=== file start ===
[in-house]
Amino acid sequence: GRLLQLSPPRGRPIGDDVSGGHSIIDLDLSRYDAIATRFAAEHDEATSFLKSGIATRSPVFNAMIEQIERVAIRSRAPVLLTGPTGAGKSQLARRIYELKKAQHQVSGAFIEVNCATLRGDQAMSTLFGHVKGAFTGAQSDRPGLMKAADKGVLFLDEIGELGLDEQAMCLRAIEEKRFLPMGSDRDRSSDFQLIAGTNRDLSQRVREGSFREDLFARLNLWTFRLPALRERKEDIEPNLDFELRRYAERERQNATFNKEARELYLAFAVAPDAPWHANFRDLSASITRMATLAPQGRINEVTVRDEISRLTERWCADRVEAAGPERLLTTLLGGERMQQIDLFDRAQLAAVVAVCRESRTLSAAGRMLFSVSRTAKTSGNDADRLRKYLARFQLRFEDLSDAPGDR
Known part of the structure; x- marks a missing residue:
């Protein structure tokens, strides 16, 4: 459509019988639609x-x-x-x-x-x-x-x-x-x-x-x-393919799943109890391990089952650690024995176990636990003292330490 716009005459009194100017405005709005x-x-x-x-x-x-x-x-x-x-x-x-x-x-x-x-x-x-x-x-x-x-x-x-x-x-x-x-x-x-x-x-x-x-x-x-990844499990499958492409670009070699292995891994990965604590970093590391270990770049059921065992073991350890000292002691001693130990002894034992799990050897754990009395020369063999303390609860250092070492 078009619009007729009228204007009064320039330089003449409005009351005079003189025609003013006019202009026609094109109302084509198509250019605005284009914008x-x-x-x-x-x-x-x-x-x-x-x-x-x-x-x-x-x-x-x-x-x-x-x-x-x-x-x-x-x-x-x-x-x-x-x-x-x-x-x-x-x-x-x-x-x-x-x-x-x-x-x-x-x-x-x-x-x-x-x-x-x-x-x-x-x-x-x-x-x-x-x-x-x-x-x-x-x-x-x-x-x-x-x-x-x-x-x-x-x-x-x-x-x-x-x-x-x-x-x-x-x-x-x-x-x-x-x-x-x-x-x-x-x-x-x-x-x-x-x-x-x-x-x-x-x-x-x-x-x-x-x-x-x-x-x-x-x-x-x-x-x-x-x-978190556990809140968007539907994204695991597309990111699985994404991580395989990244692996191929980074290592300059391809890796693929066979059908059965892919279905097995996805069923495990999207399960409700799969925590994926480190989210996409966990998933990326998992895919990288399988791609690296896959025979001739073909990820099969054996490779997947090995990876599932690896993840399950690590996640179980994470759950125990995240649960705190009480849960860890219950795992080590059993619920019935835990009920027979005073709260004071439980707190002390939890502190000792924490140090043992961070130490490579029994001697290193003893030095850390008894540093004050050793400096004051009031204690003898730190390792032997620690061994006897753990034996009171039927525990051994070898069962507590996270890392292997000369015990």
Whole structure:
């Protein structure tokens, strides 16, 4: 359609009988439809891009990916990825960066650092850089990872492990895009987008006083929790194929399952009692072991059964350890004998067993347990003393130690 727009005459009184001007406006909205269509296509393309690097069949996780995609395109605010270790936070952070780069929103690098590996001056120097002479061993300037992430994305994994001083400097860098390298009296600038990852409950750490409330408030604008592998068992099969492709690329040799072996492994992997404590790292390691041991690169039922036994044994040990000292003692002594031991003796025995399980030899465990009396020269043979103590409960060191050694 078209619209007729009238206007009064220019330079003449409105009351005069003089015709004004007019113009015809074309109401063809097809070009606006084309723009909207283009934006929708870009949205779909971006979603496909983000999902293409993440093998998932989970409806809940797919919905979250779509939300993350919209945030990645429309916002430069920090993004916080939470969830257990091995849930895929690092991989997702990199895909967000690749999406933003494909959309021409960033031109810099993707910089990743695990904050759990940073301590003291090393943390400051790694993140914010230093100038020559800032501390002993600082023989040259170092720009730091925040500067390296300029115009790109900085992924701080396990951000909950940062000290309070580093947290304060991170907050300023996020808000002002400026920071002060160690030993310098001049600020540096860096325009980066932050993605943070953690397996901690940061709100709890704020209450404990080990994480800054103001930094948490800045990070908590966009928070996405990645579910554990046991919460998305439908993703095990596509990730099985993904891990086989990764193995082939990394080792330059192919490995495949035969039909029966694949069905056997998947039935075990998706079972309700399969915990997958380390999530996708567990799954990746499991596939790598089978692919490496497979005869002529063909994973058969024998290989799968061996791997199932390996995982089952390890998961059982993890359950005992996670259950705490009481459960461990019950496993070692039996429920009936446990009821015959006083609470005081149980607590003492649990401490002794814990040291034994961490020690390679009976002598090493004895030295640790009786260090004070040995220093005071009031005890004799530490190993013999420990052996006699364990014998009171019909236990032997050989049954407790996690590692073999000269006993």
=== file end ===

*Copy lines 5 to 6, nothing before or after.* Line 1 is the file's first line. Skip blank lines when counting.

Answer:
Whole structure:
């Protein structure tokens, strides 16, 4: 359609009988439809891009990916990825960066650092850089990872492990895009987008006083929790194929399952009692072991059964350890004998067993347990003393130690 727009005459009184001007406006909205269509296509393309690097069949996780995609395109605010270790936070952070780069929103690098590996001056120097002479061993300037992430994305994994001083400097860098390298009296600038990852409950750490409330408030604008592998068992099969492709690329040799072996492994992997404590790292390691041991690169039922036994044994040990000292003692002594031991003796025995399980030899465990009396020269043979103590409960060191050694 078209619209007729009238206007009064220019330079003449409105009351005069003089015709004004007019113009015809074309109401063809097809070009606006084309723009909207283009934006929708870009949205779909971006979603496909983000999902293409993440093998998932989970409806809940797919919905979250779509939300993350919209945030990645429309916002430069920090993004916080939470969830257990091995849930895929690092991989997702990199895909967000690749999406933003494909959309021409960033031109810099993707910089990743695990904050759990940073301590003291090393943390400051790694993140914010230093100038020559800032501390002993600082023989040259170092720009730091925040500067390296300029115009790109900085992924701080396990951000909950940062000290309070580093947290304060991170907050300023996020808000002002400026920071002060160690030993310098001049600020540096860096325009980066932050993605943070953690397996901690940061709100709890704020209450404990080990994480800054103001930094948490800045990070908590966009928070996405990645579910554990046991919460998305439908993703095990596509990730099985993904891990086989990764193995082939990394080792330059192919490995495949035969039909029966694949069905056997998947039935075990998706079972309700399969915990997958380390999530996708567990799954990746499991596939790598089978692919490496497979005869002529063909994973058969024998290989799968061996791997199932390996995982089952390890998961059982993890359950005992996670259950705490009481459960461990019950496993070692039996429920009936446990009821015959006083609470005081149980607590003492649990401490002794814990040291034994961490020690390679009976002598090493004895030295640790009786260090004070040995220093005071009031005890004799530490190993013999420990052996006699364990014998009171019909236990032997050989049954407790996690590692073999000269006993």